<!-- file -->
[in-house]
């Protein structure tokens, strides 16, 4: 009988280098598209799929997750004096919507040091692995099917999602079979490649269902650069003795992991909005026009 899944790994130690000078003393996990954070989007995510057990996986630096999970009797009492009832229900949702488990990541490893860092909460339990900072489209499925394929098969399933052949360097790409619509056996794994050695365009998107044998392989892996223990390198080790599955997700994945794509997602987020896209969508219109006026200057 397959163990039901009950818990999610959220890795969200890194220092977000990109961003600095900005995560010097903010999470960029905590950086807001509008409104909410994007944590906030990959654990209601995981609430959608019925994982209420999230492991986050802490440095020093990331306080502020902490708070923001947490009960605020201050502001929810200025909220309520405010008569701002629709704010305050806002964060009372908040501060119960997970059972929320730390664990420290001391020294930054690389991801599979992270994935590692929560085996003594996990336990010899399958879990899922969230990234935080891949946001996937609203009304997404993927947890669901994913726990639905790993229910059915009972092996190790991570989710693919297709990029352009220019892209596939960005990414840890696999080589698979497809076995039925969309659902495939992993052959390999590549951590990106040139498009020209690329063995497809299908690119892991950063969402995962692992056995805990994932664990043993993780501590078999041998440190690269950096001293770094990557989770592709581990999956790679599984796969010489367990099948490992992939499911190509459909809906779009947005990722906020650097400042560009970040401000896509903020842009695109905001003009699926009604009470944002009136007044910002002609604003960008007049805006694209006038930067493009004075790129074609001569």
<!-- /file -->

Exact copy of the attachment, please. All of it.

[in-house]
């Protein structure tokens, strides 16, 4: 009988280098598209799929997750004096919507040091692995099917999602079979490649269902650069003795992991909005026009 899944790994130690000078003393996990954070989007995510057990996986630096999970009797009492009832229900949702488990990541490893860092909460339990900072489209499925394929098969399933052949360097790409619509056996794994050695365009998107044998392989892996223990390198080790599955997700994945794509997602987020896209969508219109006026200057 397959163990039901009950818990999610959220890795969200890194220092977000990109961003600095900005995560010097903010999470960029905590950086807001509008409104909410994007944590906030990959654990209601995981609430959608019925994982209420999230492991986050802490440095020093990331306080502020902490708070923001947490009960605020201050502001929810200025909220309520405010008569701002629709704010305050806002964060009372908040501060119960997970059972929320730390664990420290001391020294930054690389991801599979992270994935590692929560085996003594996990336990010899399958879990899922969230990234935080891949946001996937609203009304997404993927947890669901994913726990639905790993229910059915009972092996190790991570989710693919297709990029352009220019892209596939960005990414840890696999080589698979497809076995039925969309659902495939992993052959390999590549951590990106040139498009020209690329063995497809299908690119892991950063969402995962692992056995805990994932664990043993993780501590078999041998440190690269950096001293770094990557989770592709581990999956790679599984796969010489367990099948490992992939499911190509459909809906779009947005990722906020650097400042560009970040401000896509903020842009695109905001003009699926009604009470944002009136007044910002002609604003960008007049805006694209006038930067493009004075790129074609001569």